Saturday, July 09, 2016

The sordid tale of Burhan Wani: From school principal’s son to Hizbul commander

In what can be termed as a big breakthrough for security forces in the Kashmir Valley on Friday (July 8, 2016), Burhan Muzaffar Wani, the commander of the Hizbul Mujahideen was killed in an operation. The 22-year-old ‘poster boy’ of the terror group was reportedly cornered in Bumdoora village of Kokernag by a joint team of police and Army.

Following the news of the death of the "local hero", who was also Kashmir Valley's most wanted militant commandant, protests in several places with call for complete shutdown in Jammu & Kashmir on Saturday by separatist leaders against Burhan’s killing have been reported.

For quite some time now, the flagging militancy in the Kashmir Valley had been witnessing a dangerous trend – young, educated Kashmiris getting sucked into the resurging vortex of the terror storm that has bloodied the flowers of the Himalayan meadows.

And the face that represented the new breed of Kashmiri militancy in the Valley was a young man from a well-to-do family in Tral in south Kashmir. Burhan Muzaffar Wani had emerged as the force behind the resurging militancy among Kashmiri youth in south Kashmir, which is said to be the traditional hot-bed of militancy in the Valley.

The good-looking son of a government school principal had risen to become the commander of the deadly terror group Hizbul Muzahideen in south Kashmir, which he joined after his older brother, Khalid Muzaffar Wani, was allegedly assaulted by security forces in 2010.  Burhan had reportedly vowed to take revenge for the assault.

Khalid, however, was allegedly killed in an encounter by the Army when he went to meet Burhan in the thick Tral forests on April 13 last year. According to J&K Police, Khalid, 25, was “involved in overground (militant) activities” and had led a group of three potential recruits to meet Burhan. When the Army closed in on the hideout, the militants fled and Khalid was killed.

Tech-savvy and a good motivator, Burhan is said to have effectively utilised the social media sphere to spread Islamist propaganda to attract and recruit young Kashmiri men into the militancy fold. For quite some time, Burhan’s presence on social media had been relatively high with videos, photographs and messages. He had also become the star of a video that was circulated on Facebook and WhatsApp in an attempt to recruit young Kashimiri men. The video, which had gone viral, showed him embracing an armed militant.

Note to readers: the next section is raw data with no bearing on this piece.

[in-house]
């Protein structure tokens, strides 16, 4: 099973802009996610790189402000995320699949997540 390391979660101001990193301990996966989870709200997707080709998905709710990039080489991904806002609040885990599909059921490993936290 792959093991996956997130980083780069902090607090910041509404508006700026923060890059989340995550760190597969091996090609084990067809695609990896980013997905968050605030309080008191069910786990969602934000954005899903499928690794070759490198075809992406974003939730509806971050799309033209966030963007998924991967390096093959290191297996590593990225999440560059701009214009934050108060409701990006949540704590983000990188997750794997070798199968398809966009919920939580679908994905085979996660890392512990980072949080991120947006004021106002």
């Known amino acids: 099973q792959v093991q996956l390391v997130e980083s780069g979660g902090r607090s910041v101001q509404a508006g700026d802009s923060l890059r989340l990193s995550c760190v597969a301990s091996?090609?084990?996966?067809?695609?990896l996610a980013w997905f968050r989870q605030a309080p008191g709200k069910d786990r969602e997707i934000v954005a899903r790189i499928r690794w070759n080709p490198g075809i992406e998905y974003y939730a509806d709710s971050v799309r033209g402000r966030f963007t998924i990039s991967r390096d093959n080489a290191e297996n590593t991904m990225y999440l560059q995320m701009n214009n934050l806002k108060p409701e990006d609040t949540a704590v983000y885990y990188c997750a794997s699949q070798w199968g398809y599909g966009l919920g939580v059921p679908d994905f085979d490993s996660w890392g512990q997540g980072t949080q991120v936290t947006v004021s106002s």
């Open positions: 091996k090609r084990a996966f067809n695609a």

Last year, a group photo (above) of local Kashmiri boys, mostly new militant recruits of the Hizbul Mujahideen, went viral on social media, sending security agencies into a tizzy. In a daring attitude, the 11 young Kashmiri militants donning army fatigues and holding firearms posted their photograph on Facebook. Those in the photograph included Burhan Wani and ex-constable of Jammu & Kashmir Police Naseer, who ran away with two AK-47 rifles while on guard duty with Altaf Bukhari, a minister in the Mufti Sayeed-headed PDP-BJP government.

The location where the picture was shot seemed to be somewhere in orchards of Shopian or Pulwama in South Kashmir, which has of late become a fertile ground for recruitment of youths into various militant outfits.

The Intelligence Bureau had estimated that there are now lesser number of militants in the Valley compared to the grim scenario over a decade ago. But on the flip side, a majority of these militants are now homegrown. Wani, who had dropped out just 10 days before his Class 10 board exams, seldom actively took part in militant strikes, but was said to be the brain behind many.

What really matters now is whether the educated youth, who were motivated by Wani, will give some thought to the sordid role of fatalistic religious dogmas and violence that turned a paradise into a blood-laden valley. And also, whether the authorities would take a logical and humanitarian approach to cleanse this extremely dangerous flow of hatred.

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